Leah Mendes Story

For the past two and a half years, I’ve had the gift of serving as a mentor in the Reading Circle program through Refugee Resources Inc. The organization is set in Vickery Meadow, a beautifully diverse refugee community in Dallas. While it’s only a few minutes away from my apartment, it feels like another part of the world. The neighborhood is made up of people from many different ethnicities, cultures, and backgrounds, and it has a sense of community that is rare to find. Families sit outside their apartments and talk while kids run around playing together, and it isn’t uncommon for someone you just met to welcome you in for a meal.

Each Wednesday, we get to interact with multitudes of people as we walk throughout the community to pick up our students and bring them to Reading Circle. The program follows a curriculum designed to help improve fluency and comprehension, which are major challenges for refugee students. They speak English as a second language and typically have spent years in refugee camps where education is limited or non-existent. It’s exciting to watch the students’ progression both academically and personally, as they advance to new reading levels and mature as people.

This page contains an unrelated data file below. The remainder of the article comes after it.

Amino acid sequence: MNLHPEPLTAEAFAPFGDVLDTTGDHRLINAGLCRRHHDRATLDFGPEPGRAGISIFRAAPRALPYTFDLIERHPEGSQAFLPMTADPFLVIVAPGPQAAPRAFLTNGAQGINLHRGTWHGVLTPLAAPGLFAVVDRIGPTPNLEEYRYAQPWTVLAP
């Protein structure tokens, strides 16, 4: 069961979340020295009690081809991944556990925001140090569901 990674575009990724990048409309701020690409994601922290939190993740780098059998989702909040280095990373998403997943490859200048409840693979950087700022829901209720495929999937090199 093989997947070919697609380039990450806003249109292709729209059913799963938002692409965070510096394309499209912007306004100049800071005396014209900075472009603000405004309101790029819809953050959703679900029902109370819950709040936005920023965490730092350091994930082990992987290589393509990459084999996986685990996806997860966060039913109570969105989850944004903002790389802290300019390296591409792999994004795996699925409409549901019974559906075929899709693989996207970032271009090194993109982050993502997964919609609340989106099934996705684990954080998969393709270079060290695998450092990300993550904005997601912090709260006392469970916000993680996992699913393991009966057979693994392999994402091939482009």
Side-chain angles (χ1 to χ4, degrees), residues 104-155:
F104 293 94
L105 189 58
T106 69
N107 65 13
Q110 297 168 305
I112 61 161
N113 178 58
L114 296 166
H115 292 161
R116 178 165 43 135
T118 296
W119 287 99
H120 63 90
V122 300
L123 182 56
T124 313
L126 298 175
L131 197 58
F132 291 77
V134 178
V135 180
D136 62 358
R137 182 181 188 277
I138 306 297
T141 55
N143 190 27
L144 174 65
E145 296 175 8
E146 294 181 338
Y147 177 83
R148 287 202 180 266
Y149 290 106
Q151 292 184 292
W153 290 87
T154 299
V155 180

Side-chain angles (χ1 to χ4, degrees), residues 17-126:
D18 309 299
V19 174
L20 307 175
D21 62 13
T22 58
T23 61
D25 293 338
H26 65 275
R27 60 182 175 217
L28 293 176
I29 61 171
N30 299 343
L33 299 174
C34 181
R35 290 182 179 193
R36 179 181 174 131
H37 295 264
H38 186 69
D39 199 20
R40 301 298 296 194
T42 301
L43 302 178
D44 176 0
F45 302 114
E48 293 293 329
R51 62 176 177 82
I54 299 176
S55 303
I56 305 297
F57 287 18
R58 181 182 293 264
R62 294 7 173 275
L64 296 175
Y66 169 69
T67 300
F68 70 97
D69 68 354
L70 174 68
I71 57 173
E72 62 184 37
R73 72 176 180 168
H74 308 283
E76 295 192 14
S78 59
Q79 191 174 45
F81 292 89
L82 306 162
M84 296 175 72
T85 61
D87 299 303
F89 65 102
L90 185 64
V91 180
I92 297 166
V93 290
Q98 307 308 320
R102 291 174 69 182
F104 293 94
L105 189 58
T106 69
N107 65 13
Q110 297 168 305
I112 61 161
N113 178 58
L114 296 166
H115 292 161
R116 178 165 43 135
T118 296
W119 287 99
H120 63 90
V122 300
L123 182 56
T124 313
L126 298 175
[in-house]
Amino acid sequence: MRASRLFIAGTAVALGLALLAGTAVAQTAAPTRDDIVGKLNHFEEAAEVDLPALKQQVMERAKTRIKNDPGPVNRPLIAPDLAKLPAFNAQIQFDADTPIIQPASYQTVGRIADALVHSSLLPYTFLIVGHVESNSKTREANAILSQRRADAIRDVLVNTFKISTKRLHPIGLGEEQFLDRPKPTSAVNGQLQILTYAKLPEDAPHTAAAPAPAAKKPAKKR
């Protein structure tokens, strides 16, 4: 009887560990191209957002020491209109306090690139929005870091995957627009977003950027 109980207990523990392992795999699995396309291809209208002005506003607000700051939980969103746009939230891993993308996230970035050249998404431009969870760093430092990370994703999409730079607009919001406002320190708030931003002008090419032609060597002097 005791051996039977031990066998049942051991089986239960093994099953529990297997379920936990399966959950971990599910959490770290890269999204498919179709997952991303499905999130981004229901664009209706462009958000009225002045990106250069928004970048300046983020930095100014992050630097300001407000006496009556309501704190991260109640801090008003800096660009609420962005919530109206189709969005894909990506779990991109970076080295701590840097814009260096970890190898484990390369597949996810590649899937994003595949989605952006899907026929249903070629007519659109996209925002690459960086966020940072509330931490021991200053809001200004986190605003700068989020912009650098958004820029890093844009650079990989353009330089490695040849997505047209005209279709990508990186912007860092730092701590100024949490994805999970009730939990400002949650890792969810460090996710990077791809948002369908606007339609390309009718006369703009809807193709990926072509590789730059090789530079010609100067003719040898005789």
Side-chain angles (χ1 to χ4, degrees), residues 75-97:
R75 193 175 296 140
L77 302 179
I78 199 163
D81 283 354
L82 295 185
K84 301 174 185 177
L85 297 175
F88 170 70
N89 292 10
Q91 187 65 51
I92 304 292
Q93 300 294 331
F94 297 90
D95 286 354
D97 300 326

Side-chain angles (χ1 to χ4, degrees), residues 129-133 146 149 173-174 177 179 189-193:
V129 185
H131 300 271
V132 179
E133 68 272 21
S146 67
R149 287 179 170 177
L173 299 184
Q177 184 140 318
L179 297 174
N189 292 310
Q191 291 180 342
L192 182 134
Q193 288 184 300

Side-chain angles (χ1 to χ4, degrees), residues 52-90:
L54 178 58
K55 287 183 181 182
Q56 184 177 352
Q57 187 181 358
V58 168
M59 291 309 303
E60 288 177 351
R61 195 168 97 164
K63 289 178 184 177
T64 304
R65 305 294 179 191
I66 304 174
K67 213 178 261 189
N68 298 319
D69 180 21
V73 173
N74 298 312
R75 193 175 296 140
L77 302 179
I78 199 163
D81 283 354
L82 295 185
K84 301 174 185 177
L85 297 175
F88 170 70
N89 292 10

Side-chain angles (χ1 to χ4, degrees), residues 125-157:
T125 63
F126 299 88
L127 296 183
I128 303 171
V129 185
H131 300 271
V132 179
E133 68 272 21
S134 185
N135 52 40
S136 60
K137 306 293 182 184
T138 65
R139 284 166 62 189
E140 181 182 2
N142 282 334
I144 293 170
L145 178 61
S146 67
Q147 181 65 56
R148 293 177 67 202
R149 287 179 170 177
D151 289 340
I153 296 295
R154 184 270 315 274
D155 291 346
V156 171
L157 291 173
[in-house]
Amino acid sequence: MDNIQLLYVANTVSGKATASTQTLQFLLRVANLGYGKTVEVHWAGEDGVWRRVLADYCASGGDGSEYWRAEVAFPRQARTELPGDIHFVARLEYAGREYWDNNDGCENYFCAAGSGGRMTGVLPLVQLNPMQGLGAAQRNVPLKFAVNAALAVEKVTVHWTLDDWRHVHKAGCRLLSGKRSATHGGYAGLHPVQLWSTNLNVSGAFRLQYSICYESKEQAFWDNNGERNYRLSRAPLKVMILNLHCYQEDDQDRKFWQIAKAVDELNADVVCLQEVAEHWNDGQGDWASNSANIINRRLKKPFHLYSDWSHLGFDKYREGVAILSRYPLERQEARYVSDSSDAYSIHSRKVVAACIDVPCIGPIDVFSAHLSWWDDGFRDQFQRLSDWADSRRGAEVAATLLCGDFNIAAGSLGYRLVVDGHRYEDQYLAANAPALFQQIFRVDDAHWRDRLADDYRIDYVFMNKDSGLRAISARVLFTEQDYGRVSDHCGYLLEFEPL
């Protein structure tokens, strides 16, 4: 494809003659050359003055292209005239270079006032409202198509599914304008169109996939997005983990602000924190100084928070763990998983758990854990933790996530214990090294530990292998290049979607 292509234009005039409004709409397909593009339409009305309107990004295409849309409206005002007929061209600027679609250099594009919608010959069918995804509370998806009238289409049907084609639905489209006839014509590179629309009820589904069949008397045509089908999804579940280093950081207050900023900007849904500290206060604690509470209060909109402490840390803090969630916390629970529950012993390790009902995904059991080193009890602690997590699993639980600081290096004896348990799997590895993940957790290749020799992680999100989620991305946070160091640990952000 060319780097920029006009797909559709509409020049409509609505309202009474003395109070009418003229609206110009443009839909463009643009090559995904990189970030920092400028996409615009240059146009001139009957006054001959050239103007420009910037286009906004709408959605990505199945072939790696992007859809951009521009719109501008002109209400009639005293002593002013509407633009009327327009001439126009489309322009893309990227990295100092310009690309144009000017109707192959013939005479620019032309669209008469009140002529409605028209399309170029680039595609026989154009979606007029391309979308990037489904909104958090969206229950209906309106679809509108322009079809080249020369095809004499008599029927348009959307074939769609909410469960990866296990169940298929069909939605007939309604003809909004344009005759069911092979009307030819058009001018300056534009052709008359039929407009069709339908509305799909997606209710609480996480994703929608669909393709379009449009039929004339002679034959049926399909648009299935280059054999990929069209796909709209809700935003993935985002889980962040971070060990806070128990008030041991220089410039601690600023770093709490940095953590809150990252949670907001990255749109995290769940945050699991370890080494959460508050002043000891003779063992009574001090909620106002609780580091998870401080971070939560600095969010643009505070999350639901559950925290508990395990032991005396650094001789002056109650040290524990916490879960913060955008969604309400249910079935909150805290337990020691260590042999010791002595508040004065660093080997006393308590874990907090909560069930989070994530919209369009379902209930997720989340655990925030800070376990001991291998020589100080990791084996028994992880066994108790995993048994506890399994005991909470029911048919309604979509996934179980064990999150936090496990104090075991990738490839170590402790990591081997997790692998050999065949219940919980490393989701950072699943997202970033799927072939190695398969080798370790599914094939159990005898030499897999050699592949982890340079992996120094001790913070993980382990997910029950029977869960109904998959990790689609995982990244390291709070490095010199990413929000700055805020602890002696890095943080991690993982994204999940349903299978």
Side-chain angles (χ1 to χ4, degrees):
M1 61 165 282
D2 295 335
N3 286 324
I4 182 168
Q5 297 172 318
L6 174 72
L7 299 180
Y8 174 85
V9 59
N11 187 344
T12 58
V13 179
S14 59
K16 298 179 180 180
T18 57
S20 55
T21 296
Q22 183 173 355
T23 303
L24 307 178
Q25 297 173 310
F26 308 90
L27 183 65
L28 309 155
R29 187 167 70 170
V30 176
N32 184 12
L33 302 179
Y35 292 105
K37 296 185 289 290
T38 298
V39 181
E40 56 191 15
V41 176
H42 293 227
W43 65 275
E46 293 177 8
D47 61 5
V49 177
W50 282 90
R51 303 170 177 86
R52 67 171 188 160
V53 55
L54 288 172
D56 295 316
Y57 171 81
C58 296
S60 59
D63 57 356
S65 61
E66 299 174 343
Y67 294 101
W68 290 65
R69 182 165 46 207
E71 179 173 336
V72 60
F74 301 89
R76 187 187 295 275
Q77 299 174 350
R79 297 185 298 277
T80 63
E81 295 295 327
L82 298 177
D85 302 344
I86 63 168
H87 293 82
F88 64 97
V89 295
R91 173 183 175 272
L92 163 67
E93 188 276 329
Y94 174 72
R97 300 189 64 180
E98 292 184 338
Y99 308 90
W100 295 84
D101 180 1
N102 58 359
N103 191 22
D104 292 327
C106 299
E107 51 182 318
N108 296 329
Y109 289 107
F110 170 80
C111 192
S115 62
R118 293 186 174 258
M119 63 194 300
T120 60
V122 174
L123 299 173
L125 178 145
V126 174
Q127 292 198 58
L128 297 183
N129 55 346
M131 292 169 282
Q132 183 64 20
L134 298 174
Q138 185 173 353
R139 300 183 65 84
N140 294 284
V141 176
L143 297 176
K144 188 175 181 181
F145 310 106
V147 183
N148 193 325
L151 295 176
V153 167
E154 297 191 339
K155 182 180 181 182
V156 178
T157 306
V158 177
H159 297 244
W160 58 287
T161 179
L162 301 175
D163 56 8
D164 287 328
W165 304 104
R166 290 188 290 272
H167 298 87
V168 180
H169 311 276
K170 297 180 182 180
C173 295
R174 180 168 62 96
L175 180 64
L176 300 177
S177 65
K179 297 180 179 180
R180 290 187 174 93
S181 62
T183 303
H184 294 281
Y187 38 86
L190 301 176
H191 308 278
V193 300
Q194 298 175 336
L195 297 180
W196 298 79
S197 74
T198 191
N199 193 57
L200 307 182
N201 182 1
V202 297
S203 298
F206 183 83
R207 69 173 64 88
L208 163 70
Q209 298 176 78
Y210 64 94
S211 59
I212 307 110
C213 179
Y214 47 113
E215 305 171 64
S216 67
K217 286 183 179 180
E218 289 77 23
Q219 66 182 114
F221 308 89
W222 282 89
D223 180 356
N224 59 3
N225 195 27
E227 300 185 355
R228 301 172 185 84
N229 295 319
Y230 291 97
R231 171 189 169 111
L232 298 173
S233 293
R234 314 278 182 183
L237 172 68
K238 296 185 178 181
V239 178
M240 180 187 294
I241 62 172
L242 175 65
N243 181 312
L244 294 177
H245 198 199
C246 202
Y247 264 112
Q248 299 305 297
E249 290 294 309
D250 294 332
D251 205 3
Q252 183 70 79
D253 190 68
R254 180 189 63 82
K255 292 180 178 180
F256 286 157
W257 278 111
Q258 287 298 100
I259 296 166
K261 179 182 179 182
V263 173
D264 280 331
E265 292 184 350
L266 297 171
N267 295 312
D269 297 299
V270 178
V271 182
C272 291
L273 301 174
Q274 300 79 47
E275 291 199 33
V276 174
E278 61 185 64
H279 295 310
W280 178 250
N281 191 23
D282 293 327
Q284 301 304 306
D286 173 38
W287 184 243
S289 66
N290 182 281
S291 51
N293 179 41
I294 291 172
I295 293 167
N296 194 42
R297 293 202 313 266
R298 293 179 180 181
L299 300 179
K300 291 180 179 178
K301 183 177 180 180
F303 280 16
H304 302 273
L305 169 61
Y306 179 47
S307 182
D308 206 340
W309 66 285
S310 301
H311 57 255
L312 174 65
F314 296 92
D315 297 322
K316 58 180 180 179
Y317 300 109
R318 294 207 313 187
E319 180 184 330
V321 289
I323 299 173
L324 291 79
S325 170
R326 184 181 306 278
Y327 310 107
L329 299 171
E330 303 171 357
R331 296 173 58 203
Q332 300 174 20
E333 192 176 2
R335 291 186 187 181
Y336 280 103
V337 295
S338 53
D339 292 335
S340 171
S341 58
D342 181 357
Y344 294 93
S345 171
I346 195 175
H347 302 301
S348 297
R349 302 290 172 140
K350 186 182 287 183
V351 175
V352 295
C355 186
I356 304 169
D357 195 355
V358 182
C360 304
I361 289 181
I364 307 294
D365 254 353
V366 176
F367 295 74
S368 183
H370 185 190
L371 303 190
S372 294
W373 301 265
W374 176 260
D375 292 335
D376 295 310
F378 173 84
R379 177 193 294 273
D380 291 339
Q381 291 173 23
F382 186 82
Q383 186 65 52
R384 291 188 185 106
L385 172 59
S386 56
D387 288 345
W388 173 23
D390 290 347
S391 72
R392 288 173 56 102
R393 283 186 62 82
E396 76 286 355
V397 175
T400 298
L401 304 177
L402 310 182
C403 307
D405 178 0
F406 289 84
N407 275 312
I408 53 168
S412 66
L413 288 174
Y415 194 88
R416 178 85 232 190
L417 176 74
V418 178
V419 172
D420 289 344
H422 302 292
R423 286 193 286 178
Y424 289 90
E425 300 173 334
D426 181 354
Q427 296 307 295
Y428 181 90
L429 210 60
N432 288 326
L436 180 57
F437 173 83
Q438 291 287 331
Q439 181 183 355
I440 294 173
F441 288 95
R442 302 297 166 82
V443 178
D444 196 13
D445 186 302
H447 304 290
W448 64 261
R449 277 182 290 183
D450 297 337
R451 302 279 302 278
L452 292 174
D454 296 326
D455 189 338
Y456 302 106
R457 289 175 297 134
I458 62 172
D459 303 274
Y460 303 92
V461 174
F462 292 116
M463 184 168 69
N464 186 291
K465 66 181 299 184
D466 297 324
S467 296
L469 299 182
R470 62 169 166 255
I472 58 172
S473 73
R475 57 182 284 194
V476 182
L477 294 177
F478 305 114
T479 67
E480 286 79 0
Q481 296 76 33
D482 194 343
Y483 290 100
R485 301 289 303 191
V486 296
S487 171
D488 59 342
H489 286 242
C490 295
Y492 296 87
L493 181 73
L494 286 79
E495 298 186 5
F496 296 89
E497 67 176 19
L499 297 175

Through Reading Circle, I mentor a twelve-year-old girl named Aminah. Her family is originally from Burma but had to flee to Malaysia before ultimately making it to Dallas. It is hard for me to fully understand what Aminah has experienced in her life, but I am in awe of her resilience. Over the past few years, I’ve watched Aminah grow into a confident, compassionate and strong young woman. She wants to become a doctor when she grows up, and I have no doubt that she has the power to achieve her dream. Aminah is both brilliant and driven, speaking six languages and constantly pushing herself to advance academically. Despite the numerous factors working against her, it’s inspiring to watch what she is accomplishing.   

I am thankful to play a small part in Aminah’s literacy growth, but it has been an even greater joy to develop a friendship with her. I love hearing about what’s going on with her friends, family, and school, and I feel honored to be invited into her life as she navigates the challenges of middle school. I love Aminah and I want her to know that she is deeply loved, valued and accepted by her Creator.

I started at Reading Circle because, as a follower of Jesus, I wanted to extend His love and enter in with marginalized people. I never anticipated just how much I had to learn from Aminah, or how God would shape my perspectives and heart through the process. I am so thankful for the opportunity to live life alongside my friends in Vickery Meadow through the Reading Circle program.


Alysa Marx